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Cluster Bombs

John Simkin

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Hilary Benn, the international development secretary, has written to cabinet colleagues arguing that cluster munitions used by the allies are causing thousands of unnecessary deaths and injuries. In a leaked letter, Benn claims the weapons are “essentially equivalent to land mines”. His remarks are bound to reignite the debate over “ethical warfare” and Britain’s policy in Iraq.

The bomblets, which can be dropped by planes or fired as artillery shells, are scattered over an area the size of several football pitches, but frequently fail to detonate, leaving a deadly trap for passers-by.

At the beginning of the Iraq war in March 2003, Britain dropped 100,000 cluster bombs. They were also used in Kosovo, and by Israeli forces in Lebanon last summer. Campaigners claim the munitions have killed or injured two to three Lebanese civilians every day since the ceasefire. Most of the cluster bombs dropped on the Lebanon, took place after peace negotiations and in the last few days before Israel withdrew from the country. A tactic used by Richard Nixon when he withdrew from Vietnam.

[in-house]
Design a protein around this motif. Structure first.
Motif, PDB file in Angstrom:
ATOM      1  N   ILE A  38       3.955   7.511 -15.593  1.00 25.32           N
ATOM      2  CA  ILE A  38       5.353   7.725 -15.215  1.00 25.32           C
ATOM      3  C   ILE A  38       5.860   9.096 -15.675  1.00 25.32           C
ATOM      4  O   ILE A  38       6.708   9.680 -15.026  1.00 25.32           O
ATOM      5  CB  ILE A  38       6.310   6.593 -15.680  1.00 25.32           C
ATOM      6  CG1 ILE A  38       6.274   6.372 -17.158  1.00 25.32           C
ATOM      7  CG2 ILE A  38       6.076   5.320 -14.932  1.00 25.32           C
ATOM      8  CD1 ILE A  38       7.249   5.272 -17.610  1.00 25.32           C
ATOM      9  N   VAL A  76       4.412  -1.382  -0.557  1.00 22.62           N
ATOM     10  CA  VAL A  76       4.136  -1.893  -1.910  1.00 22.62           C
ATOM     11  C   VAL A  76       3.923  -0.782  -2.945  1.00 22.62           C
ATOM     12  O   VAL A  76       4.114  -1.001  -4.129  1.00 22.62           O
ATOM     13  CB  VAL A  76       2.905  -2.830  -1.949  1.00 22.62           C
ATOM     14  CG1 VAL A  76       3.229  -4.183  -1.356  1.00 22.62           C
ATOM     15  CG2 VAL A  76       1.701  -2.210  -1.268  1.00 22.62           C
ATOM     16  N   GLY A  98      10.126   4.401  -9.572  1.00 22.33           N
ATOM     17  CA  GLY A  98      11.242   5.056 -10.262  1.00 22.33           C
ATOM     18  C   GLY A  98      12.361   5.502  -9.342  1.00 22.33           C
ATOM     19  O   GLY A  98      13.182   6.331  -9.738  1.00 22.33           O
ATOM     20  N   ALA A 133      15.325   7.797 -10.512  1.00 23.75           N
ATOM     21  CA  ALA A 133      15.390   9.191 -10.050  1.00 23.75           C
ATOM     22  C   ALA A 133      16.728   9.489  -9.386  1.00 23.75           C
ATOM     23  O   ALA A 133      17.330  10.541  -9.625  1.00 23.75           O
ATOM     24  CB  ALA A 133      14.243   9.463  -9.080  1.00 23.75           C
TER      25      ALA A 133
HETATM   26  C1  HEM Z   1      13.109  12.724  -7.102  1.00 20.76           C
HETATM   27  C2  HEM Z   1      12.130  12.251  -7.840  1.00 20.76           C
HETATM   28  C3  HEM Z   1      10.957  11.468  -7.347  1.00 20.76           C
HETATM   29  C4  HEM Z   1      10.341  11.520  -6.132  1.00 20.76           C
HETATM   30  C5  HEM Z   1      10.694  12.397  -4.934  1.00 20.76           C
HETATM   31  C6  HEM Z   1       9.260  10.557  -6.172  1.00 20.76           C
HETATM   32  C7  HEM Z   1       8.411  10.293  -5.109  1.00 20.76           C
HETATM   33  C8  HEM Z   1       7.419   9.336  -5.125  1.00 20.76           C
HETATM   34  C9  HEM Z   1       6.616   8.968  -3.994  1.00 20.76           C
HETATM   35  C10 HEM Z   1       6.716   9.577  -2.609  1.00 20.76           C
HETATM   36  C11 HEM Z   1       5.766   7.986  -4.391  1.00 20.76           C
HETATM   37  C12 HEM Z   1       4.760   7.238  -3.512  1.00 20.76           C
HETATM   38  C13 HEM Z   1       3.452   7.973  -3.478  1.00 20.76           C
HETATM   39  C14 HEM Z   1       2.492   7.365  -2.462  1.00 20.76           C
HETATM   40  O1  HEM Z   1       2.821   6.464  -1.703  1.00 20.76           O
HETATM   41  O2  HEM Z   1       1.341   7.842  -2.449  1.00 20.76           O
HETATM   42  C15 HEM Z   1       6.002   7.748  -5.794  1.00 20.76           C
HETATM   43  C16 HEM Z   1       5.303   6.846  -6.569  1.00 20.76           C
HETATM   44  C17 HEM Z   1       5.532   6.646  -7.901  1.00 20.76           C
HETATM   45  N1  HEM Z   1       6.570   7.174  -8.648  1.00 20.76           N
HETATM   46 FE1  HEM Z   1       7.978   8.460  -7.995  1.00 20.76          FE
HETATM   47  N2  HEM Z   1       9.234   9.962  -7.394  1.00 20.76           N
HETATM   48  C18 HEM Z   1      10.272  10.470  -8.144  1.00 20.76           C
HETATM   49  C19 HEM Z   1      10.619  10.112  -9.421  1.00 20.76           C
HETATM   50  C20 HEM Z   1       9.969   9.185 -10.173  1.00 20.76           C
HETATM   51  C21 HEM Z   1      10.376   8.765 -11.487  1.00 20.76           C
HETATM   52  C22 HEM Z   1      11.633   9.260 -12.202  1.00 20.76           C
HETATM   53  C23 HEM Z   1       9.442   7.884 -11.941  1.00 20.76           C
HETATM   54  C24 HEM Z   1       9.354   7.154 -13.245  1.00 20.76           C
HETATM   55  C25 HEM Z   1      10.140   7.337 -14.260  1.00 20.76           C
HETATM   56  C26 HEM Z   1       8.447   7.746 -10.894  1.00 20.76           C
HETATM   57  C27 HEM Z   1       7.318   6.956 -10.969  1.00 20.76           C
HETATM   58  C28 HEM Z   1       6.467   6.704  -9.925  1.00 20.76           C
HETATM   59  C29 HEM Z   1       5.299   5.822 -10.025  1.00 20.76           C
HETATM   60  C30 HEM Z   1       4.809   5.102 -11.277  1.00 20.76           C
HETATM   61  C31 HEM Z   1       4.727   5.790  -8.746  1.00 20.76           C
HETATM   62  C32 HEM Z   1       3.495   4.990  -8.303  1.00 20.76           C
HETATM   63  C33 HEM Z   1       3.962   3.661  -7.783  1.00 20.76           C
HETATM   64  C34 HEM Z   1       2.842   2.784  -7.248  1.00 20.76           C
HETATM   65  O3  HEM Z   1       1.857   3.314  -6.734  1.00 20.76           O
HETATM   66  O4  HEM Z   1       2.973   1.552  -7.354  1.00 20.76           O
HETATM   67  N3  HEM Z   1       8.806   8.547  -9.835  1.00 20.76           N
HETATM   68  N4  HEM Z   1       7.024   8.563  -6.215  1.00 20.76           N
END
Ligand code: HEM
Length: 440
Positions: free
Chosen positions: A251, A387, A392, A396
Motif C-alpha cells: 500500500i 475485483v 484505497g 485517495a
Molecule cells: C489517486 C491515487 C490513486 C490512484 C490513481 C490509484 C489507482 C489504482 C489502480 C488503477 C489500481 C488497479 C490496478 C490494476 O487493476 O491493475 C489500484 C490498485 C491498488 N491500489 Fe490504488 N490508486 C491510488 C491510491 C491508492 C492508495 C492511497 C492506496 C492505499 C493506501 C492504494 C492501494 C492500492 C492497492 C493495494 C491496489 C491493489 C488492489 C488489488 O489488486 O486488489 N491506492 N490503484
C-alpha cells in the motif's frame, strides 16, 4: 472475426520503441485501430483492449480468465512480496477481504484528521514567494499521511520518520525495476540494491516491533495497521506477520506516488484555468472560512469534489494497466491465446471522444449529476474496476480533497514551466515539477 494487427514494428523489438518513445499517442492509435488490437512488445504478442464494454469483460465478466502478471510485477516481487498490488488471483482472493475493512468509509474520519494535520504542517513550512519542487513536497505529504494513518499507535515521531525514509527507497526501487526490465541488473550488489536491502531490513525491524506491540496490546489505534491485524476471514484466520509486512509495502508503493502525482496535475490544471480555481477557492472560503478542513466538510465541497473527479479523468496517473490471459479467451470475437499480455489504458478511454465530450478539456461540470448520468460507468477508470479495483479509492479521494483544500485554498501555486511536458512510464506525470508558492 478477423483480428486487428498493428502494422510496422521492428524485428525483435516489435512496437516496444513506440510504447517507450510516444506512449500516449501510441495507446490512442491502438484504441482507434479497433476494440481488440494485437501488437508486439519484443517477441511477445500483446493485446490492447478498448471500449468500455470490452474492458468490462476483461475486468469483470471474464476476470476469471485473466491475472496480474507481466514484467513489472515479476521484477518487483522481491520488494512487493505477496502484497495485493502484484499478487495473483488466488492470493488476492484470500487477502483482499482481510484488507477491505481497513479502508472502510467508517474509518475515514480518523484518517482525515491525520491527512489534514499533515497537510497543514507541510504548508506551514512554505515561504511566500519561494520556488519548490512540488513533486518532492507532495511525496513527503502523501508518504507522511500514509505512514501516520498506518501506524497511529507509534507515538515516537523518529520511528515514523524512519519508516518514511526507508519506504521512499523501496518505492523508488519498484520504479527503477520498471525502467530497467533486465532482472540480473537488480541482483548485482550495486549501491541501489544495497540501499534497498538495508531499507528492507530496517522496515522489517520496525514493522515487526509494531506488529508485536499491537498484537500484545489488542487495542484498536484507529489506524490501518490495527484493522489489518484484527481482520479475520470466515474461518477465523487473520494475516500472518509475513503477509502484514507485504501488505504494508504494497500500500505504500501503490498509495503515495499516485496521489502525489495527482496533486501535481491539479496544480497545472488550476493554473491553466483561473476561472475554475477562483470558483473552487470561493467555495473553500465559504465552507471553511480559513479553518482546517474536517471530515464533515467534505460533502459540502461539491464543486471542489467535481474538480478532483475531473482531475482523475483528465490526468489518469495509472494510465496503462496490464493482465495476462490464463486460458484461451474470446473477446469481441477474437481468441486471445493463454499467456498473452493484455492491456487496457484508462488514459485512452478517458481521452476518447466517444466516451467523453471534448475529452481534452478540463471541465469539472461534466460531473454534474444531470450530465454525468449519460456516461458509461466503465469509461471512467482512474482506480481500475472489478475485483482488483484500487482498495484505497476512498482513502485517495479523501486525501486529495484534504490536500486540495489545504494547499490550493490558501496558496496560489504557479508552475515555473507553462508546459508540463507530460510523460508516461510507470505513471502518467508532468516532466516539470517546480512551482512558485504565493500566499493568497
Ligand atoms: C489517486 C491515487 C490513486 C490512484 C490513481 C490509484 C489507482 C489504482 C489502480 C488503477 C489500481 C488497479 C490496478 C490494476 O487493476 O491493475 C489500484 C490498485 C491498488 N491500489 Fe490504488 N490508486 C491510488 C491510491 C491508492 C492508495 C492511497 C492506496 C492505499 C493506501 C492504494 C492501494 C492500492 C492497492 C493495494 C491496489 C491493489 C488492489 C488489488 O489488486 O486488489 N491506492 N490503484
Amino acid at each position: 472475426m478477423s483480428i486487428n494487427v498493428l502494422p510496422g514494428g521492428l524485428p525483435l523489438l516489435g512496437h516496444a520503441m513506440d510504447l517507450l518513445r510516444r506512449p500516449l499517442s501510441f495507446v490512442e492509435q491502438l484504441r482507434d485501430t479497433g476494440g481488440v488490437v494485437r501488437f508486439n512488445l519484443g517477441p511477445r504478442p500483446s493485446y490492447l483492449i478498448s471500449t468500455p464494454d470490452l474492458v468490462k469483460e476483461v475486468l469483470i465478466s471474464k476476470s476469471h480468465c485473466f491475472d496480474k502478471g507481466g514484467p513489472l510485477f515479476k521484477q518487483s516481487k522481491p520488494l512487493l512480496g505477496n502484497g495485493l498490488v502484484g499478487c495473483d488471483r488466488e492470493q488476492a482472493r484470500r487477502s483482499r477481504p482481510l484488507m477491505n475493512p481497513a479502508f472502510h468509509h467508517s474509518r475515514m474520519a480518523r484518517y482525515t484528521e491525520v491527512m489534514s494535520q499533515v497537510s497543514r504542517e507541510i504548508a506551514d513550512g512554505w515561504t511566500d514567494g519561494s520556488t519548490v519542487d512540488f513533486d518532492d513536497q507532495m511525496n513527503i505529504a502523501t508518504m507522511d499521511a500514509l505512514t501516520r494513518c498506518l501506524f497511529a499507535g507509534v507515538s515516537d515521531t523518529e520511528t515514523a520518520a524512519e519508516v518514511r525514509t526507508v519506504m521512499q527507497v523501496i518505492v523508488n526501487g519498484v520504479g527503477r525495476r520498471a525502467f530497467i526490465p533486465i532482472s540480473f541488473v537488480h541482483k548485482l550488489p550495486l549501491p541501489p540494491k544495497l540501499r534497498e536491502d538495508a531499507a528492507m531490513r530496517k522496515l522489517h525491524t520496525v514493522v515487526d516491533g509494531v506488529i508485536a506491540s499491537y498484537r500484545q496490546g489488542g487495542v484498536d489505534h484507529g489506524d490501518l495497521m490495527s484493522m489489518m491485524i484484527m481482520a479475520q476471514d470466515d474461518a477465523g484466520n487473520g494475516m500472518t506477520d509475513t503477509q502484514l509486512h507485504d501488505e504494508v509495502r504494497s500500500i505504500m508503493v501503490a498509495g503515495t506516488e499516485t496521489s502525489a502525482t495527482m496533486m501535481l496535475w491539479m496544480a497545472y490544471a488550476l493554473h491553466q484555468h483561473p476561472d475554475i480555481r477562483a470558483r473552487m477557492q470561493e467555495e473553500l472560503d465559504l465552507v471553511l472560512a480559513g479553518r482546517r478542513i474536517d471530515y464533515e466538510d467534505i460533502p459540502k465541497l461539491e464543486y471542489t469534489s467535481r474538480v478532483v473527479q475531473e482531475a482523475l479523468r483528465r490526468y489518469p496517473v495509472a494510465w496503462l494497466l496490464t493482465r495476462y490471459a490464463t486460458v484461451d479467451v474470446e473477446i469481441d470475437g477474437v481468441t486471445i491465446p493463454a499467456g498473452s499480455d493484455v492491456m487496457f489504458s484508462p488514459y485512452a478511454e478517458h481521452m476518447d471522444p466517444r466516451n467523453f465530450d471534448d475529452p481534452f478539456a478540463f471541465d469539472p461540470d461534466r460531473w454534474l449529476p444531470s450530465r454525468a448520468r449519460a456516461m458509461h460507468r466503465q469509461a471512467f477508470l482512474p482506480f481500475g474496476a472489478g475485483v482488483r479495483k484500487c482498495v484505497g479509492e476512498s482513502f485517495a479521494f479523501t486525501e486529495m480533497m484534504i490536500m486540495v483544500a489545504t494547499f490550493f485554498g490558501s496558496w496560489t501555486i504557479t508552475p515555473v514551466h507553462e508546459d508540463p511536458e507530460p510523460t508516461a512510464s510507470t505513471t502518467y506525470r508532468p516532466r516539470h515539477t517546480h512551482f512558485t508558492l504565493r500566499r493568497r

It is possible that Benn will stand for the leadership of the Labour Party. He is far more left-wing than he appears. He is of course the son, grandson and great grandson, of former politicians who became more left-wing as they got older.

His father is of course Tony Benn.


The biographies of his grandfather (William Wedgwood Benn) and great-grandfather (John Benn) can be found here:



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